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Many people, myself pc_huggerincluded, thought that once you decided to become a technology professional (developer, programmer, quality assurance, etc.) you are safely nestled away from dealing with the daily annoyances of the human race. The expectation is that once you have reached a certain technical threshold that only those technical skills and mastery of various programming languages are all that is needed to live a successful client-free career life. The next line of code or bug is the only hurdle to jump over. People are someone else’s problem.

That is an unfortunate misconception! The truth is people never go away, nor does our reliance on one another to reach mutually beneficial outcomes….

Which means that it will always be important to develop what has been coined as soft skills, people skills, interpersonal communications and all those buzzwords that basically require a somewhat decent level of social interaction and the ability to communicate with other mortals (yes, developers are still mortals). Having worked and networked in the technology industry for some time I can’t help but notice the huge disconnect very technical professionals have in regards to “soft” skills versus technical “hard” skills. The general thought is that if you are smart enough and work hard enough that is all that counts. I couldn’t disagree more…

It is true very technical people are able to land a job but it will take a strong set of soft skills to keep a job, grow in a career and maintain a respectable standing within their profession.

Some key reasons to develop soft skills as a tech professional include:

  • Career Advancement: Maybe it’s time to move to the next level and there is room for growth with your current employer. Key soft skills that can be used in this situation:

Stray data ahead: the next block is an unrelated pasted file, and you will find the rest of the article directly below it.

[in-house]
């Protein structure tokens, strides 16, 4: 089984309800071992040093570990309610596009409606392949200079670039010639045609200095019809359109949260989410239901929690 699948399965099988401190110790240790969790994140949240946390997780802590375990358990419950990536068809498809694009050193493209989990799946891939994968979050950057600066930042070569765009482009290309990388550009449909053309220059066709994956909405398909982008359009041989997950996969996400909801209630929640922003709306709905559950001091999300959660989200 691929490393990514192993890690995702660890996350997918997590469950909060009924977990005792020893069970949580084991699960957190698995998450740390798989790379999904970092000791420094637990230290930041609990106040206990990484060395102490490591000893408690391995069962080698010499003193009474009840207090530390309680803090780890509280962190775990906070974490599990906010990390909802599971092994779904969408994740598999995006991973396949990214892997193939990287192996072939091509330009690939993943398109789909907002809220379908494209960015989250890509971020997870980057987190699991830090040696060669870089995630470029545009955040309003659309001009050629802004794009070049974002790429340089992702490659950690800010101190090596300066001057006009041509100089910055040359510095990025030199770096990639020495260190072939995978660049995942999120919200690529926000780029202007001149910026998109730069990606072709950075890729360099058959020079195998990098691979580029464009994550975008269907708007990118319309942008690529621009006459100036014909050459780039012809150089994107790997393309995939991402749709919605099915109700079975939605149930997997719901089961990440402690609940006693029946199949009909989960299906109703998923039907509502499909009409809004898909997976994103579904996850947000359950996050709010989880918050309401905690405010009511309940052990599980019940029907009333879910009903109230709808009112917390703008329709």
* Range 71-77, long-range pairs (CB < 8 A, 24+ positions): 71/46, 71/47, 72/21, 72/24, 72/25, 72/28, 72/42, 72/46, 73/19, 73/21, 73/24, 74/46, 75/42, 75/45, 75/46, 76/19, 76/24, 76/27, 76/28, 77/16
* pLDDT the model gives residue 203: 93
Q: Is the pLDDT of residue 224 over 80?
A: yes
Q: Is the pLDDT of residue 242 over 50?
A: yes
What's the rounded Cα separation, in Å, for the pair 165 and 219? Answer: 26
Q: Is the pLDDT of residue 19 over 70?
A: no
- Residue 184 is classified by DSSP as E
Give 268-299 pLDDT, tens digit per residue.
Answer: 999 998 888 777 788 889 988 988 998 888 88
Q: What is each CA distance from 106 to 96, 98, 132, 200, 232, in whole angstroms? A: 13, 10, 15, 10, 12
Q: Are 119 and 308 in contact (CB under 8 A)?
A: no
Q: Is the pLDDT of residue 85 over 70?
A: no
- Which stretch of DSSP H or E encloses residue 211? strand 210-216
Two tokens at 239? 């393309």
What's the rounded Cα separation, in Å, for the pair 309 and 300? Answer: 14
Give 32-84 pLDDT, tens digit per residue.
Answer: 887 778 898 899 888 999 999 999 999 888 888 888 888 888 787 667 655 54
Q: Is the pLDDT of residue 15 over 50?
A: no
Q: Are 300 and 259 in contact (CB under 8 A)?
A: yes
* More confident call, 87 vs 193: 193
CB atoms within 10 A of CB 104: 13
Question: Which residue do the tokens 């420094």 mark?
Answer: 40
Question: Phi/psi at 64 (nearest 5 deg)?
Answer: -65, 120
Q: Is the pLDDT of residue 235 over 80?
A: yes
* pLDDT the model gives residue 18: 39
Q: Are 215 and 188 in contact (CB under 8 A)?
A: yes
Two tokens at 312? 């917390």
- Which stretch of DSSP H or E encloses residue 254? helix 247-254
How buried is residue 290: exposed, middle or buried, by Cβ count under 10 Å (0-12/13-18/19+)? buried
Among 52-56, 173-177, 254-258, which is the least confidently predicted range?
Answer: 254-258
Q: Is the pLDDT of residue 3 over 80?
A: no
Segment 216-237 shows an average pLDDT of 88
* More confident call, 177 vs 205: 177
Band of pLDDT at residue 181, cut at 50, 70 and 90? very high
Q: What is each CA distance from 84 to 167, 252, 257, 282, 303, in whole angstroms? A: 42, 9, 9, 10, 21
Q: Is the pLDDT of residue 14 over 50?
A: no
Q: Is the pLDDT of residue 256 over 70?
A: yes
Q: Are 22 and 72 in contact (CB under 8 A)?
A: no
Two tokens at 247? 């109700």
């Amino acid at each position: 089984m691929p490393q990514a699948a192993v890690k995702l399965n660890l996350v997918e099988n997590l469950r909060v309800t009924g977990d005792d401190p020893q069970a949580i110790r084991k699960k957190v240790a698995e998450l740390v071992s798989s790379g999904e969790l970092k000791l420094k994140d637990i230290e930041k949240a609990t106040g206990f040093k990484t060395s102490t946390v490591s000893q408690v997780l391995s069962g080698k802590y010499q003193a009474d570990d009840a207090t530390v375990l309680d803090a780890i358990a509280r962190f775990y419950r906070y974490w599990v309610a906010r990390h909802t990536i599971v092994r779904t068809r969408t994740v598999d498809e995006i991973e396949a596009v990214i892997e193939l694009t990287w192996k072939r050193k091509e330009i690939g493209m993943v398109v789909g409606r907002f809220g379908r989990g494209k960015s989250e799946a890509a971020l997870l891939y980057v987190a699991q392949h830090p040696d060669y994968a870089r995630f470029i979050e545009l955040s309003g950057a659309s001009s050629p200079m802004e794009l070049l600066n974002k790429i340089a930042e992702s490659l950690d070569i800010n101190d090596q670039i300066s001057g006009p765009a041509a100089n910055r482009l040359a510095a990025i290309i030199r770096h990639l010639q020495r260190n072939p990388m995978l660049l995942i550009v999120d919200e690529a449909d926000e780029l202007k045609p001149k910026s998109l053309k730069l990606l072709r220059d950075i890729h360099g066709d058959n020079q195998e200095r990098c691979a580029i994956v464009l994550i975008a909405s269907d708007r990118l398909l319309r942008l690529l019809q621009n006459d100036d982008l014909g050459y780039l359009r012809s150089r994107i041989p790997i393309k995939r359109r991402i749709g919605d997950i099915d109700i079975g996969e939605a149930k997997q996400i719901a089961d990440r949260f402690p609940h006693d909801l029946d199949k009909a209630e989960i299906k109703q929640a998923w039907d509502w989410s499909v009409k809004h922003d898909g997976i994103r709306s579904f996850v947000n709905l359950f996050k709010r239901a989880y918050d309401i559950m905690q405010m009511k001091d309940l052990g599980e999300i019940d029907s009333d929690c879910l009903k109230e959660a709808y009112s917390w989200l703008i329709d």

• Networking: Having established a positive connection with the right people inside your organization or influential stakeholders outside the company could make a big difference.
    • Positive interactions with colleagues: If people know you as not only good at your job but approachable, dependable and someone they wouldn’t mind working with it can be very meaningful.
    • Get a mentor: Soft skills are those handy character traits that might lend itself to getting someone who actually can tolerate you long enough to mentor you (formally or informally). I’m just saying…. 🙂
  • Team Collaboration: You’ve heard the slogan, “Teamwork makes the dream work.” More than likely you will have to work with a team, size may vary. Being able to effectively work with a diverse set of people, skill sets, communication styles can make all the difference in the world. It is also a well known fact that camaraderie and collaboration are hallmarks of tech’s evolution and every major player enjoys frenemy status with its adversaries. It takes a pretty people savvy person to navigate complex professional relationship like this… even if you aren’t trying to be a manager.
  • Make a better product: A good product is simply one that delivers the minimum viable features and functionality the client would expect. A great product requires truly understanding the needs of a client/consumer/stakeholders, delivering on that expectation as well as creating enhancements and value added functionality that speaks to core of their needs…. this isn’t accomplished by just being handed a user story and coding to specs. This requires active listening skills, clear  consistent communication. ability to extract, interpret and translate vague ideas…. I could go on… but as you would guess by now – SOFT SKILLS.

Soft skills aren’t really all that soft and just like coding they can be taught, practiced and mastered.

It just takes someone willing to put forth the effort and move beyond the code to make the difference.

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